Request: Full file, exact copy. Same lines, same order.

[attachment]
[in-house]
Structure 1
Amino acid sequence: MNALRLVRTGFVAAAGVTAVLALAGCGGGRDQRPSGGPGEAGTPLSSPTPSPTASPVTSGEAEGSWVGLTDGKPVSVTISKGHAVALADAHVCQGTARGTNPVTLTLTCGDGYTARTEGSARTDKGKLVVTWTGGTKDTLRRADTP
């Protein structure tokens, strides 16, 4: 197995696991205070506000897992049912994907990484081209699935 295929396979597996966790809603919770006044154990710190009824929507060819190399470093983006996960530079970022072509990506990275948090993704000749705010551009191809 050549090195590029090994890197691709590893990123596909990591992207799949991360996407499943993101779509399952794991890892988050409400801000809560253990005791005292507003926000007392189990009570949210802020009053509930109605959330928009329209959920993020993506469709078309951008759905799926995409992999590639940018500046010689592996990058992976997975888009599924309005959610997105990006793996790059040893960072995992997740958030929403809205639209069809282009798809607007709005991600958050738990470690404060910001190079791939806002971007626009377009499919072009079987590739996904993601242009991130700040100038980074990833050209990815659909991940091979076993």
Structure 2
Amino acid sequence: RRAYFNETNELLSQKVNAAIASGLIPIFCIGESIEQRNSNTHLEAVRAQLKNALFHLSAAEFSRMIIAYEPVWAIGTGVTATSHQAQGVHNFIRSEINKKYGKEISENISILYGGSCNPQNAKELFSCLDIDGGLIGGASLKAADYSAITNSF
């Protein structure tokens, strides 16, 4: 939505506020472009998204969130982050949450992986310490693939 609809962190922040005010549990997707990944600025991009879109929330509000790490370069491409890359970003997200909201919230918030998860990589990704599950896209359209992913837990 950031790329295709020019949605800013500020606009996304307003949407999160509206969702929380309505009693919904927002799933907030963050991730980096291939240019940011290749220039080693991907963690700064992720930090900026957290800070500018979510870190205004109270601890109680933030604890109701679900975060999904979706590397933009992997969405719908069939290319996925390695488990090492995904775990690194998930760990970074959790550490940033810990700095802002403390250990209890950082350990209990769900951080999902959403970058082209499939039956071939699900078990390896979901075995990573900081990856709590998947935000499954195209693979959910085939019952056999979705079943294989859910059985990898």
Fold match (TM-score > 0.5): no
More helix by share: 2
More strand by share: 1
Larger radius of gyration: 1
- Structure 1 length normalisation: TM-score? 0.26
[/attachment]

[in-house]
Structure 1
Amino acid sequence: MNALRLVRTGFVAAAGVTAVLALAGCGGGRDQRPSGGPGEAGTPLSSPTPSPTASPVTSGEAEGSWVGLTDGKPVSVTISKGHAVALADAHVCQGTARGTNPVTLTLTCGDGYTARTEGSARTDKGKLVVTWTGGTKDTLRRADTP
């Protein structure tokens, strides 16, 4: 197995696991205070506000897992049912994907990484081209699935 295929396979597996966790809603919770006044154990710190009824929507060819190399470093983006996960530079970022072509990506990275948090993704000749705010551009191809 050549090195590029090994890197691709590893990123596909990591992207799949991360996407499943993101779509399952794991890892988050409400801000809560253990005791005292507003926000007392189990009570949210802020009053509930109605959330928009329209959920993020993506469709078309951008759905799926995409992999590639940018500046010689592996990058992976997975888009599924309005959610997105990006793996790059040893960072995992997740958030929403809205639209069809282009798809607007709005991600958050738990470690404060910001190079791939806002971007626009377009499919072009079987590739996904993601242009991130700040100038980074990833050209990815659909991940091979076993």
Structure 2
Amino acid sequence: RRAYFNETNELLSQKVNAAIASGLIPIFCIGESIEQRNSNTHLEAVRAQLKNALFHLSAAEFSRMIIAYEPVWAIGTGVTATSHQAQGVHNFIRSEINKKYGKEISENISILYGGSCNPQNAKELFSCLDIDGGLIGGASLKAADYSAITNSF
């Protein structure tokens, strides 16, 4: 939505506020472009998204969130982050949450992986310490693939 609809962190922040005010549990997707990944600025991009879109929330509000790490370069491409890359970003997200909201919230918030998860990589990704599950896209359209992913837990 950031790329295709020019949605800013500020606009996304307003949407999160509206969702929380309505009693919904927002799933907030963050991730980096291939240019940011290749220039080693991907963690700064992720930090900026957290800070500018979510870190205004109270601890109680933030604890109701679900975060999904979706590397933009992997969405719908069939290319996925390695488990090492995904775990690194998930760990970074959790550490940033810990700095802002403390250990209890950082350990209990769900951080999902959403970058082209499939039956071939699900078990390896979901075995990573900081990856709590998947935000499954195209693979959910085939019952056999979705079943294989859910059985990898």
Fold match (TM-score > 0.5): no
More helix by share: 2
More strand by share: 1
Larger radius of gyration: 1
- Structure 1 length normalisation: TM-score? 0.26